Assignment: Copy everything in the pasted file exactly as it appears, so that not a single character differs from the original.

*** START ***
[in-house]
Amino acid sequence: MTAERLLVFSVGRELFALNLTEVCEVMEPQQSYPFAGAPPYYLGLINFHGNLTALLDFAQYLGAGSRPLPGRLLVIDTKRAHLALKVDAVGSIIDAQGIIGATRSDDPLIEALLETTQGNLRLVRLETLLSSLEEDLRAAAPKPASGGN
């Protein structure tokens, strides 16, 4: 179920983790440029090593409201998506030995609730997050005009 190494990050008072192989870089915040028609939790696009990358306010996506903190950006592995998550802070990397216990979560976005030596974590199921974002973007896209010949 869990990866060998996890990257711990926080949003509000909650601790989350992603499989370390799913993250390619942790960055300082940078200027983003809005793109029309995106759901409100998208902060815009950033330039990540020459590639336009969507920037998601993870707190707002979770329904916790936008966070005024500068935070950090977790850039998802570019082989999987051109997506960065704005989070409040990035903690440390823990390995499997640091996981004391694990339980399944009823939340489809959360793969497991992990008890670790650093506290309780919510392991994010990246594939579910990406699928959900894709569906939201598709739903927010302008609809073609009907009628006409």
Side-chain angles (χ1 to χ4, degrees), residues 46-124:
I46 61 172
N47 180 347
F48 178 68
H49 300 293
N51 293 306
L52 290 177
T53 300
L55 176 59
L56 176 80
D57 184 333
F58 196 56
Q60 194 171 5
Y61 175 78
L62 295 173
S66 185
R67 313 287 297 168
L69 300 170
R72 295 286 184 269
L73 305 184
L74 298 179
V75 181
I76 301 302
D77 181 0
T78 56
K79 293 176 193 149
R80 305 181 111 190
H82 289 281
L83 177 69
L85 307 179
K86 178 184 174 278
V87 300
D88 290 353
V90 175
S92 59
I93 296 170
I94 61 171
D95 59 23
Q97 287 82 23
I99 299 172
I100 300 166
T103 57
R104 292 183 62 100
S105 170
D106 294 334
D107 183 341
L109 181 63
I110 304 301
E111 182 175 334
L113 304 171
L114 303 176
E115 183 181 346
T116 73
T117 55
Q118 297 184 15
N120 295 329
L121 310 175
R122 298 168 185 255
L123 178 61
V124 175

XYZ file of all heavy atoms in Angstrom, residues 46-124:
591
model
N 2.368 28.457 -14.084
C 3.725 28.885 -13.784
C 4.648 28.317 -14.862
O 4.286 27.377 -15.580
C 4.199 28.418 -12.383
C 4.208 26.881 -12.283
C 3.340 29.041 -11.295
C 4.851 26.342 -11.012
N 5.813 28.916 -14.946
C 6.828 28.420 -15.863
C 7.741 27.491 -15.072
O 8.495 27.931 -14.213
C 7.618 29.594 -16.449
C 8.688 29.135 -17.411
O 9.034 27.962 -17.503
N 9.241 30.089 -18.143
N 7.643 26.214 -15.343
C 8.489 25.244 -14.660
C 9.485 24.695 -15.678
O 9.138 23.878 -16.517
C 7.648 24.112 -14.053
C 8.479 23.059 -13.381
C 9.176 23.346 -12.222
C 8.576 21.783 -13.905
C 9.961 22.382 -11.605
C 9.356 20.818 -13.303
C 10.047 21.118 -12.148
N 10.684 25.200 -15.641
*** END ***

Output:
[in-house]
Amino acid sequence: MTAERLLVFSVGRELFALNLTEVCEVMEPQQSYPFAGAPPYYLGLINFHGNLTALLDFAQYLGAGSRPLPGRLLVIDTKRAHLALKVDAVGSIIDAQGIIGATRSDDPLIEALLETTQGNLRLVRLETLLSSLEEDLRAAAPKPASGGN
């Protein structure tokens, strides 16, 4: 179920983790440029090593409201998506030995609730997050005009 190494990050008072192989870089915040028609939790696009990358306010996506903190950006592995998550802070990397216990979560976005030596974590199921974002973007896209010949 869990990866060998996890990257711990926080949003509000909650601790989350992603499989370390799913993250390619942790960055300082940078200027983003809005793109029309995106759901409100998208902060815009950033330039990540020459590639336009969507920037998601993870707190707002979770329904916790936008966070005024500068935070950090977790850039998802570019082989999987051109997506960065704005989070409040990035903690440390823990390995499997640091996981004391694990339980399944009823939340489809959360793969497991992990008890670790650093506290309780919510392991994010990246594939579910990406699928959900894709569906939201598709739903927010302008609809073609009907009628006409």
Side-chain angles (χ1 to χ4, degrees), residues 46-124:
I46 61 172
N47 180 347
F48 178 68
H49 300 293
N51 293 306
L52 290 177
T53 300
L55 176 59
L56 176 80
D57 184 333
F58 196 56
Q60 194 171 5
Y61 175 78
L62 295 173
S66 185
R67 313 287 297 168
L69 300 170
R72 295 286 184 269
L73 305 184
L74 298 179
V75 181
I76 301 302
D77 181 0
T78 56
K79 293 176 193 149
R80 305 181 111 190
H82 289 281
L83 177 69
L85 307 179
K86 178 184 174 278
V87 300
D88 290 353
V90 175
S92 59
I93 296 170
I94 61 171
D95 59 23
Q97 287 82 23
I99 299 172
I100 300 166
T103 57
R104 292 183 62 100
S105 170
D106 294 334
D107 183 341
L109 181 63
I110 304 301
E111 182 175 334
L113 304 171
L114 303 176
E115 183 181 346
T116 73
T117 55
Q118 297 184 15
N120 295 329
L121 310 175
R122 298 168 185 255
L123 178 61
V124 175

XYZ file of all heavy atoms in Angstrom, residues 46-124:
591
model
N 2.368 28.457 -14.084
C 3.725 28.885 -13.784
C 4.648 28.317 -14.862
O 4.286 27.377 -15.580
C 4.199 28.418 -12.383
C 4.208 26.881 -12.283
C 3.340 29.041 -11.295
C 4.851 26.342 -11.012
N 5.813 28.916 -14.946
C 6.828 28.420 -15.863
C 7.741 27.491 -15.072
O 8.495 27.931 -14.213
C 7.618 29.594 -16.449
C 8.688 29.135 -17.411
O 9.034 27.962 -17.503
N 9.241 30.089 -18.143
N 7.643 26.214 -15.343
C 8.489 25.244 -14.660
C 9.485 24.695 -15.678
O 9.138 23.878 -16.517
C 7.648 24.112 -14.053
C 8.479 23.059 -13.381
C 9.176 23.346 -12.222
C 8.576 21.783 -13.905
C 9.961 22.382 -11.605
C 9.356 20.818 -13.303
C 10.047 21.118 -12.148
N 10.684 25.200 -15.641